The Hard Rock Café of Dutch-Indonesian cuisine

Indonesian food is prevalent in Amsterdam (Indonesia having been colonized by the Dutch), and one of the most popular Indonesian restaurants in town is Tempo Doeloe. According to their website, “Tempo Doeloe” roughly translates from Indonesian to “the good old days” and they are known particularly for their rijsttafels. A rijsttafel is a bit like Indonesian dim sum. Along with generous portions of white rice, coconut rice, pickles, and crisps, you get several smallish ramekins of various dishes to share. Typically the dishes are arranged from mildest to spiciest, with the spicy end of the row approaching authentic Indonesian nuclear levels of hotness.

Tempo Doeloe was first recommended to me by a former coworker and nearly everyone in town is at least familiar with the restaurant. Anthony Bourdain visited Tempo Doeloe during an episode of The Layover, and it’s since become a favorite of travel guides, hotel concierges and, thus, of tourists. After making reservations, I was dismayed to see several negative reviews of the restaurant on Yelp. Lots of people enjoyed the food but had bad experiences with the staff. Cultural differences in customer service is another blog post for another time but, suffice it to say, there are differences and those differences often cause friction between customer and staff. A few of the more worrying reviews included surprise and unapologized-for order substitutions, forced order add-ons to hike up the bill, and general rudeness from the staff (particularly towards would-be patrons that hadn’t made advance reservations).

This isn't my photo, but this is the vegetarian rijsttafel that we enjoyed.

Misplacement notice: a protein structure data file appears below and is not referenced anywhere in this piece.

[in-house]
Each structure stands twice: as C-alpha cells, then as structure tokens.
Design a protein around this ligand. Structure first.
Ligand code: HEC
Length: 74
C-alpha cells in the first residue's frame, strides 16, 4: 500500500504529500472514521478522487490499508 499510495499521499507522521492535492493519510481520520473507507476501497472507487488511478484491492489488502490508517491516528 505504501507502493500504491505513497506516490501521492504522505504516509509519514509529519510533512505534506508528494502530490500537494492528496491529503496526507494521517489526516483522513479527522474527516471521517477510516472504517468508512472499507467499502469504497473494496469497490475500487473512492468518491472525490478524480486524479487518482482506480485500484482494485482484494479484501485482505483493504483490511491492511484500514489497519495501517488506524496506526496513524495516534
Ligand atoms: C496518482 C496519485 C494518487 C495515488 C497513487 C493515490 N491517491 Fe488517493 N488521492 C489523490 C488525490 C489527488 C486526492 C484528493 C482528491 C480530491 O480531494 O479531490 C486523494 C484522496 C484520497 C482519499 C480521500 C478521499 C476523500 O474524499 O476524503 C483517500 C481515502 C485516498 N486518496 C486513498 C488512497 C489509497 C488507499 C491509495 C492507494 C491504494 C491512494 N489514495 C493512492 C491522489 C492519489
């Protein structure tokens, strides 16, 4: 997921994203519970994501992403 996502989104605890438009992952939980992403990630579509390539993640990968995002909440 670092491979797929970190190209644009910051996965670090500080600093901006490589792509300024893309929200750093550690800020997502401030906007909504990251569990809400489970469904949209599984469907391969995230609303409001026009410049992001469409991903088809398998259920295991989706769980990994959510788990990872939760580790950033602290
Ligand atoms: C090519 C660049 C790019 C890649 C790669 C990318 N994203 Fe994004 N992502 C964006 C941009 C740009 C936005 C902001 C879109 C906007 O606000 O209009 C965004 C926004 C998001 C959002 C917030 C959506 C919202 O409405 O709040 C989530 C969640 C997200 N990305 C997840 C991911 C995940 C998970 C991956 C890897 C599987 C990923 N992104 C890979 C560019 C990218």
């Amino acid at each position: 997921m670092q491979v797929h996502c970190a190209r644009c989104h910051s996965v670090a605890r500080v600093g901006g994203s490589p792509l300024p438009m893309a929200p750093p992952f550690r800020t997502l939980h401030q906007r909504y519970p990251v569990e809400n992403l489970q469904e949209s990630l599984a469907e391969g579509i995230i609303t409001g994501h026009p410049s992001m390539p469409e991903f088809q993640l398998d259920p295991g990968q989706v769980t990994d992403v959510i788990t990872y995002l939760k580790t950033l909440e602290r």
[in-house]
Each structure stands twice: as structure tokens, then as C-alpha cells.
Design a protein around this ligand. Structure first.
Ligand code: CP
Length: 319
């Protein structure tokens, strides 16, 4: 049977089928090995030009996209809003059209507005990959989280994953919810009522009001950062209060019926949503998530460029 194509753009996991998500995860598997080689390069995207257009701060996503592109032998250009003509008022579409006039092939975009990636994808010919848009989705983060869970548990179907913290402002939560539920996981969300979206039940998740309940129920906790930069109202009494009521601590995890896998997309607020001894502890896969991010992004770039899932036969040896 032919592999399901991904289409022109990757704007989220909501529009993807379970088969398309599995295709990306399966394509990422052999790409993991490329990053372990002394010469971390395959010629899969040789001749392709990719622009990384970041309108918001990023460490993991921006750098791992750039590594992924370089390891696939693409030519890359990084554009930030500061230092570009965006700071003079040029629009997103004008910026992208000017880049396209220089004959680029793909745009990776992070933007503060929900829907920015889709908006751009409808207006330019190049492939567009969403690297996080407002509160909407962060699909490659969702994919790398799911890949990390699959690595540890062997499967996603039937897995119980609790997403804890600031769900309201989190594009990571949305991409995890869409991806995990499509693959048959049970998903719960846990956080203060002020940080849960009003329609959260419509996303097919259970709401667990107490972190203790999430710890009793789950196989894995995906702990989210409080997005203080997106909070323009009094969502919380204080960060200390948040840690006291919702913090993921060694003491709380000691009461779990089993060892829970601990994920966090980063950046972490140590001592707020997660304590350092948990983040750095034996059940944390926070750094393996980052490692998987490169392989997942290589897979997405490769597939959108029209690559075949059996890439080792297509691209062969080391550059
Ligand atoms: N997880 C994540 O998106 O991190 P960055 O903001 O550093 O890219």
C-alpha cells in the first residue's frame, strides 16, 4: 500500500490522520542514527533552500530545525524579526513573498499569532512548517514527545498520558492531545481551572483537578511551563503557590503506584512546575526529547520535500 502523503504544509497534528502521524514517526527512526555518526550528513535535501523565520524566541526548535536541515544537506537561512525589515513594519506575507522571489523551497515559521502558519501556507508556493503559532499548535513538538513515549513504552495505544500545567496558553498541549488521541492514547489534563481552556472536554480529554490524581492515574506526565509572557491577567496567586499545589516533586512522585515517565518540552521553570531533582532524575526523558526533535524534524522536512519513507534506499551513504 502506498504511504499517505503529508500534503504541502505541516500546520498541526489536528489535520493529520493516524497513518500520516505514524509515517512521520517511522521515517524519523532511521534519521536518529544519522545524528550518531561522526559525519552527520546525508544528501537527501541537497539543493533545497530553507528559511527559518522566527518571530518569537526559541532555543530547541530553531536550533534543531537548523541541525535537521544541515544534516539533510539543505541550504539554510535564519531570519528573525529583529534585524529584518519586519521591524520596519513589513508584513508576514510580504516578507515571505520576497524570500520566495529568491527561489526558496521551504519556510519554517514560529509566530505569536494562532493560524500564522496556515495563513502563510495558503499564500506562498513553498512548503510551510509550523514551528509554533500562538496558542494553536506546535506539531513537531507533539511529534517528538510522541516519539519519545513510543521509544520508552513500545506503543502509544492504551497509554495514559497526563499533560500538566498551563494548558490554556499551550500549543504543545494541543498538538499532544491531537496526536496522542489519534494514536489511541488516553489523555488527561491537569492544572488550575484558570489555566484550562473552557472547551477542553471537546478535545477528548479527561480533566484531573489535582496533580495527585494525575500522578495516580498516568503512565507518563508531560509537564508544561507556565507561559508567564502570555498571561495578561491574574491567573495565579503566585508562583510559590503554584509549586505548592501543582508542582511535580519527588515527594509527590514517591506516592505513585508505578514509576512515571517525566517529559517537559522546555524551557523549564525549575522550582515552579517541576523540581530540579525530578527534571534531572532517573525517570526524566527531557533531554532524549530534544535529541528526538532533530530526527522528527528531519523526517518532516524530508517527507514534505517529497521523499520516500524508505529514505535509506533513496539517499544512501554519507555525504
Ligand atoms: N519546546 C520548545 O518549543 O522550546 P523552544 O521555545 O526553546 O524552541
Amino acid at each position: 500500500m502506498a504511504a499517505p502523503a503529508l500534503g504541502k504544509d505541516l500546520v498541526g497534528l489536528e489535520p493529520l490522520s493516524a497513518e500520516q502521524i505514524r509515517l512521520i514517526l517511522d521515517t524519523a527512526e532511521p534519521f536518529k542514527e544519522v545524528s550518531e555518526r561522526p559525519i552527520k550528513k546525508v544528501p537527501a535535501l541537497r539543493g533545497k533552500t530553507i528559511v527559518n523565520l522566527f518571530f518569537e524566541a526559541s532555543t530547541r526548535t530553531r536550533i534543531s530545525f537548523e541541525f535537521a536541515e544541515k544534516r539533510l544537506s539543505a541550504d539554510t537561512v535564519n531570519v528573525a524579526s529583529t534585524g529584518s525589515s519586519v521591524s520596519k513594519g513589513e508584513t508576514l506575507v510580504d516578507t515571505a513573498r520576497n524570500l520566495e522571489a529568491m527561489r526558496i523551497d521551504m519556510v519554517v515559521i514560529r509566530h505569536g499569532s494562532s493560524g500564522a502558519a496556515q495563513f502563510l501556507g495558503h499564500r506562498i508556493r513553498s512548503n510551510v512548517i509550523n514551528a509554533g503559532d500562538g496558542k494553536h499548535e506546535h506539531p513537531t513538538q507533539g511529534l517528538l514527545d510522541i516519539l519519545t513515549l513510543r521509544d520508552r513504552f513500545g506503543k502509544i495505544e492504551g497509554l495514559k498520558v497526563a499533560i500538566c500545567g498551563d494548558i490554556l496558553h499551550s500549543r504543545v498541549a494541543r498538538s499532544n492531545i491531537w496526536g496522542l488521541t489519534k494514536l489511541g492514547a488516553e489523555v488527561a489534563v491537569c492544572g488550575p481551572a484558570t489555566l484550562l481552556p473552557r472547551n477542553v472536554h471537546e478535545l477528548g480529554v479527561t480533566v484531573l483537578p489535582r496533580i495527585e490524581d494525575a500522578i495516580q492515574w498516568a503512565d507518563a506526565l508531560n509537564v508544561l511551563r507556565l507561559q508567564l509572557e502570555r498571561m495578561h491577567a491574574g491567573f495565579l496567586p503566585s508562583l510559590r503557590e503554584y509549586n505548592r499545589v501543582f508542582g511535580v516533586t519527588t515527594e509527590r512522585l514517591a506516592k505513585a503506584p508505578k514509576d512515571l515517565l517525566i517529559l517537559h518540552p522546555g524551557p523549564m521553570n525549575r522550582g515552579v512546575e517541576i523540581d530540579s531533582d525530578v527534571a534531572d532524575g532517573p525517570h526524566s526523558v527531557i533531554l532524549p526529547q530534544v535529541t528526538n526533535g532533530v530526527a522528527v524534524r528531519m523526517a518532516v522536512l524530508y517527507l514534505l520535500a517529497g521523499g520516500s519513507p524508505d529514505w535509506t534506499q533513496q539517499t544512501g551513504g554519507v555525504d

Rijstttafel from Tempo Doeloe. (Disclaimer: not my photo.)

With no small amount of trepidation, Trenton and I arrived for our Saturday evening reservations a few minutes early and prepared to be treated like crap. We were seated at a two-top wedged in front of the entrance to the kitchen in a narrow hallway that also housed the bar. Throughout the evening, patrons waiting for their table sat at the bar within spitting distance of our table, some opting to turn their stools away from the bar, presumably to better be able to watch us eat. The crap table and weird audience are really where my complaints end, though.

In fact, our server was very kind and attentive, and we had zero problems with service. We ordered a starter of corn cakes and a vegetarian rijsttafel to share (the listed price is per person – something to be prepared for) as well as bottles of white wine and sparkling water. There was plenty to eat, and the dishes were a nice mix of tofu, tempeh and vegetables, all mildly seasoned and yummy. We didn’t get any heat from any of them, sadly, but I think that’s more a failure on our part for not having specified a spiciness preference when we ordered. The food was good and not all stuffy. If you’re looking for artfully plated dishes that deconstruct and reinvent modern cuisine, Tempo Doeloe is not your place. If you want simple, richly flavored dishes that are more comforting than artistic, though, you’re in for a treat.

The only Dutch I heard spoken in the restaurant came from the staff – nearly all of the patrons were speaking (American) English, leading me to believe that Tempo Doeloe might be the Dutch-Indonesian version of the Hard Rock Café. Having to pay twice to share same dish made the bill seem overblown but, relative to any other nice-ish meal in Amsterdam that includes wine, appetizers, two mains and dessert, it really wasn’t that outrageous at just over €100. For a date night, we were happy to pay a little more just for the experience.  Tourist traps tend to make me squeamish, but, if you can put that kind of snobbery aside and are prepared to open your mind and wallet to a uniquely Amsterdam experience, I think you’d enjoy Tempo Doeloe.

Reservations are essential. Any tension that we detected from the staff was directed towards walk-ins who seemed miffed that there weren’t any tables available, or, if there were, only for a short time (eg “after one hour you must leave”). If you’re brand new to Indonesian cuisine and/or Dutch customer service, it’s probably worthwhile to do a little homework so you know what you’re in for. I happen to prefer the hands-off server approach, but I know it’s not everyone’s cup of tea.

Tempo Doeloe is open for dinner from 18:00 – 23:30 Monday through Saturday. They are closed on Sundays. Tables fill up fast, so I recommend calling at least a few days in advance to make reservations.

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